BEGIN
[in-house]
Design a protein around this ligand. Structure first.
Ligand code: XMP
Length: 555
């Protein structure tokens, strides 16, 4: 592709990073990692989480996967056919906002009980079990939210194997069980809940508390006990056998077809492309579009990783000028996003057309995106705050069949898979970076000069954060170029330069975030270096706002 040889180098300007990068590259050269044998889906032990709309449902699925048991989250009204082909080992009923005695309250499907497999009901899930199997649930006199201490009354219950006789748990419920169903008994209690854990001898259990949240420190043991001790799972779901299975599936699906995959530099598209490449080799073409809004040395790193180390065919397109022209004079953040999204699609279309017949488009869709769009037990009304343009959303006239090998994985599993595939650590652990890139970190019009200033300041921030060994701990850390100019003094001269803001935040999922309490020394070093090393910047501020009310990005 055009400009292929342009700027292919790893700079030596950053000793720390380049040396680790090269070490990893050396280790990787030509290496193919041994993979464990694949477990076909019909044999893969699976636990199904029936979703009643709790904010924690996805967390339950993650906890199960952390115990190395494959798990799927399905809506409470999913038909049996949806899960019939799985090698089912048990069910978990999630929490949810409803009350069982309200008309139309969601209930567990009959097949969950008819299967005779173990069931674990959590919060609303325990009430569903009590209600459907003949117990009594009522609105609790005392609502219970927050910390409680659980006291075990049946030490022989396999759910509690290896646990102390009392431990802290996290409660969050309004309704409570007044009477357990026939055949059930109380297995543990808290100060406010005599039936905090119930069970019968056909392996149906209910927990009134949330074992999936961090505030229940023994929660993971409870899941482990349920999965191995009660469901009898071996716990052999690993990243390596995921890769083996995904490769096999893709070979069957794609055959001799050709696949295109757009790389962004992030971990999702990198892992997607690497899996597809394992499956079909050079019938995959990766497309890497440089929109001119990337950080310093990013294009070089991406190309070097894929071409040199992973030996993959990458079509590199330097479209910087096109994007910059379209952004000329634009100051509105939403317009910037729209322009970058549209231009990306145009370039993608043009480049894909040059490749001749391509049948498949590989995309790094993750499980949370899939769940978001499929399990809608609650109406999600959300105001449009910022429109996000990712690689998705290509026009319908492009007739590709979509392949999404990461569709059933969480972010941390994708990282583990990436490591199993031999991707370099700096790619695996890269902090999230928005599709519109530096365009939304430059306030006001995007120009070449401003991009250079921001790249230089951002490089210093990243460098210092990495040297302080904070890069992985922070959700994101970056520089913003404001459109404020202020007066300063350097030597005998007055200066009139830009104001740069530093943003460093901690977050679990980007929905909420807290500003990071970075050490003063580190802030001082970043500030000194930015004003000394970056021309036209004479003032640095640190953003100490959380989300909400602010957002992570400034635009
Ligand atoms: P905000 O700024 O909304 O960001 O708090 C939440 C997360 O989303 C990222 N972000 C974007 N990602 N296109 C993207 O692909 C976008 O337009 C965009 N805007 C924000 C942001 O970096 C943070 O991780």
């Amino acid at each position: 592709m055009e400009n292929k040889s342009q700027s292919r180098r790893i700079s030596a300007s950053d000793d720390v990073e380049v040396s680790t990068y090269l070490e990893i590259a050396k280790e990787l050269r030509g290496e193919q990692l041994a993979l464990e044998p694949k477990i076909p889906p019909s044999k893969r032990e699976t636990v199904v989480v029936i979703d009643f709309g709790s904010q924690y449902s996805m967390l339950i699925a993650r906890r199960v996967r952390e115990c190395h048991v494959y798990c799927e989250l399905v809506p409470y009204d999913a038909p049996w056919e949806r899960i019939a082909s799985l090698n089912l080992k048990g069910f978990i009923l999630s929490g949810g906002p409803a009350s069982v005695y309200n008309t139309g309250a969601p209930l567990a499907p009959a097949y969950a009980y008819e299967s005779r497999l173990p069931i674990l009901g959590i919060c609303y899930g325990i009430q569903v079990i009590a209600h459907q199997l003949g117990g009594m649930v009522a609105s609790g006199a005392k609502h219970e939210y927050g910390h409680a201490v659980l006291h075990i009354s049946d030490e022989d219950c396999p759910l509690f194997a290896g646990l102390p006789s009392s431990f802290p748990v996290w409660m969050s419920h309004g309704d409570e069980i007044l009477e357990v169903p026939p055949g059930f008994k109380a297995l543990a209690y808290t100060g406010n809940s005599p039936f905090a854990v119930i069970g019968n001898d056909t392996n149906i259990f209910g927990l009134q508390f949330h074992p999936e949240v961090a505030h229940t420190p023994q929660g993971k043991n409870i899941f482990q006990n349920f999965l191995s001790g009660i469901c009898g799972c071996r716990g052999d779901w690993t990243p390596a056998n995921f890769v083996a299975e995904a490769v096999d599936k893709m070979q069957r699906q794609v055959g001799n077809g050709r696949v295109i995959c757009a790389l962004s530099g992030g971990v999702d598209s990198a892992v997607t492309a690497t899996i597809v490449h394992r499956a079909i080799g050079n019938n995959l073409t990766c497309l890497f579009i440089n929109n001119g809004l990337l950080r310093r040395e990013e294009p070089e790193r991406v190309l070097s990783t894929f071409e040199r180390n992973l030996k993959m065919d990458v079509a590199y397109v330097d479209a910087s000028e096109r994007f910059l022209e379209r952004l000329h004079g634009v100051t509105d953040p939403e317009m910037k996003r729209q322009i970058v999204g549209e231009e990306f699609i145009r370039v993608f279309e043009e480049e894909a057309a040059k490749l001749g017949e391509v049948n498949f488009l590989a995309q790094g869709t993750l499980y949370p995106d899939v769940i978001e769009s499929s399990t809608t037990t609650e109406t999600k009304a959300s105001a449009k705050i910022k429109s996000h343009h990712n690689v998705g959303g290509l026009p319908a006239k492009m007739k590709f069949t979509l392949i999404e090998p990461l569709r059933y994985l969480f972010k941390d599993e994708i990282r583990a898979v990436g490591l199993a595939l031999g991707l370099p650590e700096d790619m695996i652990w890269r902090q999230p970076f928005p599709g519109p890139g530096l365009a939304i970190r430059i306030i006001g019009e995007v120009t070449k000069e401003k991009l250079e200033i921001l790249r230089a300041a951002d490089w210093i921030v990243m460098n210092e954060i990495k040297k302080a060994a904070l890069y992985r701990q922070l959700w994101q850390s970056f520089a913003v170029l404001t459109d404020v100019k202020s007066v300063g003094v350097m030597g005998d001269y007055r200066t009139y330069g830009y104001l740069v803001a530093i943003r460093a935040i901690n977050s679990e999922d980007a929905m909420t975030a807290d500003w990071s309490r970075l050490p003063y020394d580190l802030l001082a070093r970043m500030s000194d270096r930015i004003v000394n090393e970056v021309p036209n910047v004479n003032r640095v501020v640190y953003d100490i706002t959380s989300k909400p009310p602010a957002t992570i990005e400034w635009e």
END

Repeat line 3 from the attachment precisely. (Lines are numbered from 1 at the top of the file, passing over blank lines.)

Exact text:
Ligand code: XMP